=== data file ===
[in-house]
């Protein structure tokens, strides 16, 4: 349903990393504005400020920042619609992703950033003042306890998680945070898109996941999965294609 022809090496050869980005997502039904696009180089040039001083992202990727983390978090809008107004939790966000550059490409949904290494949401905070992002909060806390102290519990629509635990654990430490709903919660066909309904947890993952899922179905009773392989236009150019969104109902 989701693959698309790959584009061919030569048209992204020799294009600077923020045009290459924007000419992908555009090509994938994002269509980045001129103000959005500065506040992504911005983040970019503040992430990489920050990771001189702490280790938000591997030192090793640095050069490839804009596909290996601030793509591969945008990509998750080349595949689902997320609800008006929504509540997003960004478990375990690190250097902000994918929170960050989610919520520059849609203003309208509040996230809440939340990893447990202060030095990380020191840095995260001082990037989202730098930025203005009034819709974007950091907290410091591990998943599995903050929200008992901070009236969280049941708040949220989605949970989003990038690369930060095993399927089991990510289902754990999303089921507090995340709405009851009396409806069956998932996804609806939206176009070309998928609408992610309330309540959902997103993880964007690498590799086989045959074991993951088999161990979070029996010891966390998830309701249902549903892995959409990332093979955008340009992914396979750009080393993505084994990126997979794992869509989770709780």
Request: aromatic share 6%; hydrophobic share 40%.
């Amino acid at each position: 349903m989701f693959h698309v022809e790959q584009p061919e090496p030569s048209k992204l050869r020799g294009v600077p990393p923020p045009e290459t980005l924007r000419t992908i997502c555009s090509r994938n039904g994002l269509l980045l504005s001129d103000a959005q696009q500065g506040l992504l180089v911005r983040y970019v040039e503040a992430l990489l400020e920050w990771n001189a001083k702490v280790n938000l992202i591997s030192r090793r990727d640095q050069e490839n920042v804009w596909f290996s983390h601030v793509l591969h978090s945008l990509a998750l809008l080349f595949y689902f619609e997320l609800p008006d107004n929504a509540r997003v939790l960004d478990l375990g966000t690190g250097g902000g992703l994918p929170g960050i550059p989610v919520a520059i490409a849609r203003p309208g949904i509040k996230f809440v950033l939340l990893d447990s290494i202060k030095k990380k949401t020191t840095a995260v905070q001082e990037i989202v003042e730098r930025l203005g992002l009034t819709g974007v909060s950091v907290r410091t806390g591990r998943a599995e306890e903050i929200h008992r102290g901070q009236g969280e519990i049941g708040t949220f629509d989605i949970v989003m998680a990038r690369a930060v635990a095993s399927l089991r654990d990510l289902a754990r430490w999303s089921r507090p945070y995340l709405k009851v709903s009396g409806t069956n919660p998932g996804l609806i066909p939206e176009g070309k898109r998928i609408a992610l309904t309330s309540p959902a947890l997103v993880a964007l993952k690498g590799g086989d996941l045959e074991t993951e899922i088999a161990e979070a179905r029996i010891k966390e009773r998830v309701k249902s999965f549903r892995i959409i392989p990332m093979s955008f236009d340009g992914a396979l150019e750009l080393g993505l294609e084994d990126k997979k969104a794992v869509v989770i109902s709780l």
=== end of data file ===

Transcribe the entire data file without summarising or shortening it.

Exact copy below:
[in-house]
């Protein structure tokens, strides 16, 4: 349903990393504005400020920042619609992703950033003042306890998680945070898109996941999965294609 022809090496050869980005997502039904696009180089040039001083992202990727983390978090809008107004939790966000550059490409949904290494949401905070992002909060806390102290519990629509635990654990430490709903919660066909309904947890993952899922179905009773392989236009150019969104109902 989701693959698309790959584009061919030569048209992204020799294009600077923020045009290459924007000419992908555009090509994938994002269509980045001129103000959005500065506040992504911005983040970019503040992430990489920050990771001189702490280790938000591997030192090793640095050069490839804009596909290996601030793509591969945008990509998750080349595949689902997320609800008006929504509540997003960004478990375990690190250097902000994918929170960050989610919520520059849609203003309208509040996230809440939340990893447990202060030095990380020191840095995260001082990037989202730098930025203005009034819709974007950091907290410091591990998943599995903050929200008992901070009236969280049941708040949220989605949970989003990038690369930060095993399927089991990510289902754990999303089921507090995340709405009851009396409806069956998932996804609806939206176009070309998928609408992610309330309540959902997103993880964007690498590799086989045959074991993951088999161990979070029996010891966390998830309701249902549903892995959409990332093979955008340009992914396979750009080393993505084994990126997979794992869509989770709780």
Request: aromatic share 6%; hydrophobic share 40%.
């Amino acid at each position: 349903m989701f693959h698309v022809e790959q584009p061919e090496p030569s048209k992204l050869r020799g294009v600077p990393p923020p045009e290459t980005l924007r000419t992908i997502c555009s090509r994938n039904g994002l269509l980045l504005s001129d103000a959005q696009q500065g506040l992504l180089v911005r983040y970019v040039e503040a992430l990489l400020e920050w990771n001189a001083k702490v280790n938000l992202i591997s030192r090793r990727d640095q050069e490839n920042v804009w596909f290996s983390h601030v793509l591969h978090s945008l990509a998750l809008l080349f595949y689902f619609e997320l609800p008006d107004n929504a509540r997003v939790l960004d478990l375990g966000t690190g250097g902000g992703l994918p929170g960050i550059p989610v919520a520059i490409a849609r203003p309208g949904i509040k996230f809440v950033l939340l990893d447990s290494i202060k030095k990380k949401t020191t840095a995260v905070q001082e990037i989202v003042e730098r930025l203005g992002l009034t819709g974007v909060s950091v907290r410091t806390g591990r998943a599995e306890e903050i929200h008992r102290g901070q009236g969280e519990i049941g708040t949220f629509d989605i949970v989003m998680a990038r690369a930060v635990a095993s399927l089991r654990d990510l289902a754990r430490w999303s089921r507090p945070y995340l709405k009851v709903s009396g409806t069956n919660p998932g996804l609806i066909p939206e176009g070309k898109r998928i609408a992610l309904t309330s309540p959902a947890l997103v993880a964007l993952k690498g590799g086989d996941l045959e074991t993951e899922i088999a161990e979070a179905r029996i010891k966390e009773r998830v309701k249902s999965f549903r892995i959409i392989p990332m093979s955008f236009d340009g992914a396979l150019e750009l080393g993505l294609e084994d990126k997979k969104a794992v869509v989770i109902s709780l």